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Abstract Detail

Reproductive Processes

Diver, Danielle Lake [1], Savage, Jessica [2].

Weighing the Risks and Benefits of Flowering Early for the Woody Perennial Prunus pumila (Rosaceae).

As global weather patterns become increasingly unpredictable, the need to study the impact of this phenomenon on natural and anthropocentric ecosystems alike is increasingly urgent. Based on climate change predictions for the rest of this century, much research has been conducted to reveal plants' response to stress from heat and drought. However, fewer studies have focused on the response of perennial plants to freezing, another possible result of climate change. Plant phenology has already begun to advance, which makes plants that flower and leaf out early particularly vulnerable to freezing damage from late spring frosts. Yet, there may be advantages to flowering early that outstrip the potential risks, especially if pollinators also adjust their phenology to warming conditions. Temperature during anthesis (when open flowers are present on a plant) has a significant impact on fertility, floral metabolism, and the production and quality of floral rewards that attract pollinators. In 2020 we monitored a population of Prunus pumila with artificially delayed phenology over the course of the growing season. Flower and fruit number and mass, pollinator visitations, the effects of floral age on hand pollination, and seed germination were all measured. Consistent with the results of other studies, our results suggest that flowering time and temperature at anthesis affect reproductive success, with fewer fruits produced in warmer conditions.  To build on this work, we are currently examining the effects of floral freezing on pollinator attraction and reproductive success for Prunus pumila. Potted plants growing in ambient conditions with natural phenology are being exposed to one of two subzero temperatures or a near-freezing control temperature. Flower samples are taken for evaluation of petal damage and electrolyte leakage. A subset of flowers on each plant is hand pollinated or bagged to exclude insects and gauge the effects of pollen limitation and selfing, respectively. Plants are then taken back to the field and observed over the course of flowering for pollinator visitation and monitored for signs of successful fertilization and reproduction. Our findings will contribute to the current knowledge of Prunus, a global genus with both economic and ecologic value that could be greatly impacted by climate change.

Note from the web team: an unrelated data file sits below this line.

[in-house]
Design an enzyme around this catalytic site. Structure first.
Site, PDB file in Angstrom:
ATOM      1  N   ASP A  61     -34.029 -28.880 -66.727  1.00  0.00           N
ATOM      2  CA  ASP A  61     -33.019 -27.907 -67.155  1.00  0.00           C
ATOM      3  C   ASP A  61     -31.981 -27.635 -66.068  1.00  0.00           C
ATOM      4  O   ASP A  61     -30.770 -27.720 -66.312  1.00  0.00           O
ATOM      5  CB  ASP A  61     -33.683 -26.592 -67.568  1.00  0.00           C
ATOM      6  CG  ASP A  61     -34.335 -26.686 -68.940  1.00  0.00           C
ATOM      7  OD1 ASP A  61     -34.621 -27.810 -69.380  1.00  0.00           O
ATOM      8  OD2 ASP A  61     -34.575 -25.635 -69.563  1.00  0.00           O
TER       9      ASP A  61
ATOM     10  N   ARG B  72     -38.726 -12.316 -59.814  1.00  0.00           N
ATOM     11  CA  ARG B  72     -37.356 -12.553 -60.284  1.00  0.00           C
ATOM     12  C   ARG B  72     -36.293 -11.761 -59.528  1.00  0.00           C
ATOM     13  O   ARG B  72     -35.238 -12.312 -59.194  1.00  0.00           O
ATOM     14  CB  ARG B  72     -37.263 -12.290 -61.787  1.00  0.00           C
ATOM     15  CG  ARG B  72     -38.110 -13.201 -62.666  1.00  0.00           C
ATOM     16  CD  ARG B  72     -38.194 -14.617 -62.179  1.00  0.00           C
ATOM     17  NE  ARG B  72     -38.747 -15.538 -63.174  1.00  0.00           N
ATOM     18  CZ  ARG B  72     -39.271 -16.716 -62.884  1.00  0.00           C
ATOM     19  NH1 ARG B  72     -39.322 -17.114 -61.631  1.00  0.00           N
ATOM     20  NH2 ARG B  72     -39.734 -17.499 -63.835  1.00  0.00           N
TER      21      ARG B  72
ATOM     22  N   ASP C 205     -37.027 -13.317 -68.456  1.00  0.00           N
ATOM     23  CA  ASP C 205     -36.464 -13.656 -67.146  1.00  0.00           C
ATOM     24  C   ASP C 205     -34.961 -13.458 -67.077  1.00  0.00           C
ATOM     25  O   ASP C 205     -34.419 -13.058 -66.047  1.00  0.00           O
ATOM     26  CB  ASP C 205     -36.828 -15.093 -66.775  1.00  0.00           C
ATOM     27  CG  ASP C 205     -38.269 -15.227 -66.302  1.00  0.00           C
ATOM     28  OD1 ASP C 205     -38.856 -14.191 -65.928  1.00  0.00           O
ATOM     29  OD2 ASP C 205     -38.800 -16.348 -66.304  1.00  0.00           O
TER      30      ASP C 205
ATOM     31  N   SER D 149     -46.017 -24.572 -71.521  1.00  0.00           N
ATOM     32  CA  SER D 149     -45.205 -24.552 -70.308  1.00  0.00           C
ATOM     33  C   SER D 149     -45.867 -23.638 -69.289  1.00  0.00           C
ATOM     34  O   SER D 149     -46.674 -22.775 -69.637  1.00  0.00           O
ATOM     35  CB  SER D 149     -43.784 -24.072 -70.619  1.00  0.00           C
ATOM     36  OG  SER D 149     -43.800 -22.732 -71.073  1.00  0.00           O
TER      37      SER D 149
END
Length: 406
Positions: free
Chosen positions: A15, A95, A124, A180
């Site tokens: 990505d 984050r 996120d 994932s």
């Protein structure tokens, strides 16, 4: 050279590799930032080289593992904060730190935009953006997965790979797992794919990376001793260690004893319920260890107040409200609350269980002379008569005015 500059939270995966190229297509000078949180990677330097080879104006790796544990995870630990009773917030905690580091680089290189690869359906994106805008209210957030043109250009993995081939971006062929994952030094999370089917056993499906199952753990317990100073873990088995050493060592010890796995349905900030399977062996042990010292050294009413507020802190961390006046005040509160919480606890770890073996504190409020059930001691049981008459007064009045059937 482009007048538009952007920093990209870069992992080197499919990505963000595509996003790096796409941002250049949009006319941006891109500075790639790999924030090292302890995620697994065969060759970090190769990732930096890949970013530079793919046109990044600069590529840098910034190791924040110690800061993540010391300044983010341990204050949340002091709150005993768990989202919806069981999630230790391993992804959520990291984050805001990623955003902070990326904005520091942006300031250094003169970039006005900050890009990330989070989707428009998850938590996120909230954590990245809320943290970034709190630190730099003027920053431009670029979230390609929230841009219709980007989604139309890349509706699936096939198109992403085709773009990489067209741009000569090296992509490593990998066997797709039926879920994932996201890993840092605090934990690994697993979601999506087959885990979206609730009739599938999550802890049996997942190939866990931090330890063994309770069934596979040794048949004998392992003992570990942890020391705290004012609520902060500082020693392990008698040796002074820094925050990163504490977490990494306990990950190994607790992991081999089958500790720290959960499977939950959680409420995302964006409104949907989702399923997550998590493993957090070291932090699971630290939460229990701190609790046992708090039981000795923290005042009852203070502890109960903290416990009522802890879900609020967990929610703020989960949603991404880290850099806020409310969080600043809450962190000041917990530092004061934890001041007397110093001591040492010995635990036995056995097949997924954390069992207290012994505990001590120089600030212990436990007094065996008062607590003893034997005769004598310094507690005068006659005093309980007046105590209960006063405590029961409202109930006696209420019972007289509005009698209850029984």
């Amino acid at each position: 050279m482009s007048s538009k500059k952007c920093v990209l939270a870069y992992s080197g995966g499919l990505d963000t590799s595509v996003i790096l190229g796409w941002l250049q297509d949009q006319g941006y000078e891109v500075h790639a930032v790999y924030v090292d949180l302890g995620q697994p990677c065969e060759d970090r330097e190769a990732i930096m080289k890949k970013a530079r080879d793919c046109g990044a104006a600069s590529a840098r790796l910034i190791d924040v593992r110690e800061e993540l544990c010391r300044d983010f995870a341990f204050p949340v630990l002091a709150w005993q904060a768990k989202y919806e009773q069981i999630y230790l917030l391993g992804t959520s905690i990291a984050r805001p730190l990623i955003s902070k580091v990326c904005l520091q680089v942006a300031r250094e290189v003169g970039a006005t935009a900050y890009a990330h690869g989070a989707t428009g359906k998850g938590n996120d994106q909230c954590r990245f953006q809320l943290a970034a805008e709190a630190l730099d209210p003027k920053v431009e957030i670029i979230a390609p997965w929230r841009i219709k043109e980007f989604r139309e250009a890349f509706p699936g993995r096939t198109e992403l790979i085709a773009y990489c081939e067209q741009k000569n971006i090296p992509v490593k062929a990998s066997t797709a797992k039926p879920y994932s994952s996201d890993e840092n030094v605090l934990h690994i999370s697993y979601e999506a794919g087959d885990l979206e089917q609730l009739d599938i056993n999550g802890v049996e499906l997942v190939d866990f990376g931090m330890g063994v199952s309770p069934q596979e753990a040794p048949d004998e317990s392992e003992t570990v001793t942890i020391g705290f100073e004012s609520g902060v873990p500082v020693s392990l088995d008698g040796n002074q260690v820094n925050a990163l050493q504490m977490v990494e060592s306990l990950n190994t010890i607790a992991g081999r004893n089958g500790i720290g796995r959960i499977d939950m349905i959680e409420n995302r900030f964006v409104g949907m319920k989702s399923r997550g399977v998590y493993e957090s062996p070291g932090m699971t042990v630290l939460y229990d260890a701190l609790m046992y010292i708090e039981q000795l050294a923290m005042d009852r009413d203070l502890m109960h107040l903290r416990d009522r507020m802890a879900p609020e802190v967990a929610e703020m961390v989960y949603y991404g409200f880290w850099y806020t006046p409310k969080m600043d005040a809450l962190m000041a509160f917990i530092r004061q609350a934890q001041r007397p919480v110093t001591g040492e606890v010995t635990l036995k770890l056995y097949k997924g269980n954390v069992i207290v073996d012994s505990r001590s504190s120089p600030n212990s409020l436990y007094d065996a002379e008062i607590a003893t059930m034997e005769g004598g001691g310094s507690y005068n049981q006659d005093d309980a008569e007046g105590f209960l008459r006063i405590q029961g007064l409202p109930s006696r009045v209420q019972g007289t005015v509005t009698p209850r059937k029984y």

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Related Links:
Savage Plant Physiology and Ecology Lab

1 - University of Minnesota Duluth, Integrated Biosciences, 1035 Kirby Drive, 251 Swenson Science Building, Dululth, MN, 55812, USA
2 - University of Minnesota Duluth, Integrated Biosciences, 1035 Kirby Drive, 251 Swenson Science Building, Duluth, MN, 55812, USA

climate change
Freezing tolerance
Floral development
plant reproduction.

Presentation Type: Oral Paper
Session: RP1, Reproductive Processes 1
Location: /
Date: Thursday, July 22nd, 2021
Time: 10:45 AM(EDT)
Number: RP1004
Abstract ID:666
Candidate for Awards:None

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